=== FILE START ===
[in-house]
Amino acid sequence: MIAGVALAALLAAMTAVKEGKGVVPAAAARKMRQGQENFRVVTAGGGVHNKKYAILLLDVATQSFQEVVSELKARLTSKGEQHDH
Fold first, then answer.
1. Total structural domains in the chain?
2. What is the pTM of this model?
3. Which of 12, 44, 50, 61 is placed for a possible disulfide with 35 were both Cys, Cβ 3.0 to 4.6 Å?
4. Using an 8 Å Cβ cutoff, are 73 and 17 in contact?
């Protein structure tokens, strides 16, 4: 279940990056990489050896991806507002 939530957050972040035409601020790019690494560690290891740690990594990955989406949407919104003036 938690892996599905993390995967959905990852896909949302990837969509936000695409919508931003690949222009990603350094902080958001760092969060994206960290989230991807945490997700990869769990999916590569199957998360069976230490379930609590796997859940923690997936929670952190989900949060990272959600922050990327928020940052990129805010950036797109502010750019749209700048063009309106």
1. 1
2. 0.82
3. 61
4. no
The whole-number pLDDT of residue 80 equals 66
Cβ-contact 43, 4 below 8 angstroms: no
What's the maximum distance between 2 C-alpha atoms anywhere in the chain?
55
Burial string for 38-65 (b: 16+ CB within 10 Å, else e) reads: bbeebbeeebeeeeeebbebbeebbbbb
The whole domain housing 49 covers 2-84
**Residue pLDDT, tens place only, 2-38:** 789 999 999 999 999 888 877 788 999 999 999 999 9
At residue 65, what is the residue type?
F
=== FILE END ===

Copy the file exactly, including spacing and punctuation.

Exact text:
[in-house]
Amino acid sequence: MIAGVALAALLAAMTAVKEGKGVVPAAAARKMRQGQENFRVVTAGGGVHNKKYAILLLDVATQSFQEVVSELKARLTSKGEQHDH
Fold first, then answer.
1. Total structural domains in the chain?
2. What is the pTM of this model?
3. Which of 12, 44, 50, 61 is placed for a possible disulfide with 35 were both Cys, Cβ 3.0 to 4.6 Å?
4. Using an 8 Å Cβ cutoff, are 73 and 17 in contact?
């Protein structure tokens, strides 16, 4: 279940990056990489050896991806507002 939530957050972040035409601020790019690494560690290891740690990594990955989406949407919104003036 938690892996599905993390995967959905990852896909949302990837969509936000695409919508931003690949222009990603350094902080958001760092969060994206960290989230991807945490997700990869769990999916590569199957998360069976230490379930609590796997859940923690997936929670952190989900949060990272959600922050990327928020940052990129805010950036797109502010750019749209700048063009309106």
1. 1
2. 0.82
3. 61
4. no
The whole-number pLDDT of residue 80 equals 66
Cβ-contact 43, 4 below 8 angstroms: no
What's the maximum distance between 2 C-alpha atoms anywhere in the chain?
55
Burial string for 38-65 (b: 16+ CB within 10 Å, else e) reads: bbeebbeeebeeeeeebbebbeebbbbb
The whole domain housing 49 covers 2-84
**Residue pLDDT, tens place only, 2-38:** 789 999 999 999 999 888 877 788 999 999 999 999 9
At residue 65, what is the residue type?
F